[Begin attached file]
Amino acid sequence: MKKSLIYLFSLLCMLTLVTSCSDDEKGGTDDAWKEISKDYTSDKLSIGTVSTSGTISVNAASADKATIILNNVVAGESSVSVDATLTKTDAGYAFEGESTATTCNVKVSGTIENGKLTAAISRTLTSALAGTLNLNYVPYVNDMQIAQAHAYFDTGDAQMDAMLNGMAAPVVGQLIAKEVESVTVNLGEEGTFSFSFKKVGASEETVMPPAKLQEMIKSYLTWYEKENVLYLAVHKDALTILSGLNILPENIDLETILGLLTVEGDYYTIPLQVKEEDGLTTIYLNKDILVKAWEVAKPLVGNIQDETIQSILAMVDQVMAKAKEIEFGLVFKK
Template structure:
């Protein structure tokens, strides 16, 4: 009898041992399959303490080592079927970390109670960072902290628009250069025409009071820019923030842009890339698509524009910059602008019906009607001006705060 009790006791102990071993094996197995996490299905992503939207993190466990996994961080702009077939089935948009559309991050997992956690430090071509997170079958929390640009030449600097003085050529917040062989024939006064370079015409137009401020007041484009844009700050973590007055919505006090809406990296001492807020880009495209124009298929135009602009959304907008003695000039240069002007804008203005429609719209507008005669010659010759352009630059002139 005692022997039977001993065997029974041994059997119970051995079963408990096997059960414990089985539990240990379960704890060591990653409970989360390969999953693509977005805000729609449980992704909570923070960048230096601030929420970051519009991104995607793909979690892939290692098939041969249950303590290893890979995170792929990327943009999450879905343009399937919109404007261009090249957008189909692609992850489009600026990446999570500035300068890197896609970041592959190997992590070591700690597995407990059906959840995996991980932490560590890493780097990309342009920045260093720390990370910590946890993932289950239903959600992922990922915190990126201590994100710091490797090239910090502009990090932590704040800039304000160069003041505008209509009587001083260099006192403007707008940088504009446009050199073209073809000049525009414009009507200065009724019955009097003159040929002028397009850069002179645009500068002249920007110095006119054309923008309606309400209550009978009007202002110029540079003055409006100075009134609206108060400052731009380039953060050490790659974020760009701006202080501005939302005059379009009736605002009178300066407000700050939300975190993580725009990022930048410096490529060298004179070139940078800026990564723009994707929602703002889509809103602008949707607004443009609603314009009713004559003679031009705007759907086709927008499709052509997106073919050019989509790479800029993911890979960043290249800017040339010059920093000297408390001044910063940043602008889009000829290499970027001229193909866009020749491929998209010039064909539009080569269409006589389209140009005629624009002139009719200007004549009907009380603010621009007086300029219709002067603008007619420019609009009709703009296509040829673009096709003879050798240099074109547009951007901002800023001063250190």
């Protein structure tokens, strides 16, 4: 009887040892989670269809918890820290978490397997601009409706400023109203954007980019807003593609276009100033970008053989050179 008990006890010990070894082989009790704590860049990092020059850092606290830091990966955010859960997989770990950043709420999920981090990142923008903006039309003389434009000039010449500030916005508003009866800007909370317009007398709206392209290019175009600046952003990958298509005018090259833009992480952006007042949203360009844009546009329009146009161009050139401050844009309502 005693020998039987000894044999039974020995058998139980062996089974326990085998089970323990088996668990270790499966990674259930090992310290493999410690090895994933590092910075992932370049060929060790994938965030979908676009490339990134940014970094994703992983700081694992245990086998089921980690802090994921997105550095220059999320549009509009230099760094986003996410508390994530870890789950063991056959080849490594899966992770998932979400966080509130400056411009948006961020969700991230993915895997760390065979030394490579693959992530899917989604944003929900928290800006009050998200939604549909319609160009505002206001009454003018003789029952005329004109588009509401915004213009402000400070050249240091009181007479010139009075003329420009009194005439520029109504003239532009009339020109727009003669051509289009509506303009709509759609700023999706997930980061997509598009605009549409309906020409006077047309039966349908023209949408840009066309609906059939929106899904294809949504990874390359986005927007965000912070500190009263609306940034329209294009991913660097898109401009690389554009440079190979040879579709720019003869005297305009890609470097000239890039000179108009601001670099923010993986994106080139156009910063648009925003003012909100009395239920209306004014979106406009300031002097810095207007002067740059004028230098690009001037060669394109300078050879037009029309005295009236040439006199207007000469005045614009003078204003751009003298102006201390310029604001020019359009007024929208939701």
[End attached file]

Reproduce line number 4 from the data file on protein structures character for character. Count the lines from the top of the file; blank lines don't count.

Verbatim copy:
């Protein structure tokens, strides 16, 4: 009887040892989670269809918890820290978490397997601009409706400023109203954007980019807003593609276009100033970008053989050179 008990006890010990070894082989009790704590860049990092020059850092606290830091990966955010859960997989770990950043709420999920981090990142923008903006039309003389434009000039010449500030916005508003009866800007909370317009007398709206392209290019175009600046952003990958298509005018090259833009992480952006007042949203360009844009546009329009146009161009050139401050844009309502 005693020998039987000894044999039974020995058998139980062996089974326990085998089970323990088996668990270790499966990674259930090992310290493999410690090895994933590092910075992932370049060929060790994938965030979908676009490339990134940014970094994703992983700081694992245990086998089921980690802090994921997105550095220059999320549009509009230099760094986003996410508390994530870890789950063991056959080849490594899966992770998932979400966080509130400056411009948006961020969700991230993915895997760390065979030394490579693959992530899917989604944003929900928290800006009050998200939604549909319609160009505002206001009454003018003789029952005329004109588009509401915004213009402000400070050249240091009181007479010139009075003329420009009194005439520029109504003239532009009339020109727009003669051509289009509506303009709509759609700023999706997930980061997509598009605009549409309906020409006077047309039966349908023209949408840009066309609906059939929106899904294809949504990874390359986005927007965000912070500190009263609306940034329209294009991913660097898109401009690389554009440079190979040879579709720019003869005297305009890609470097000239890039000179108009601001670099923010993986994106080139156009910063648009925003003012909100009395239920209306004014979106406009300031002097810095207007002067740059004028230098690009001037060669394109300078050879037009029309005295009236040439006199207007000469005045614009003078204003751009003298102006201390310029604001020019359009007024929208939701």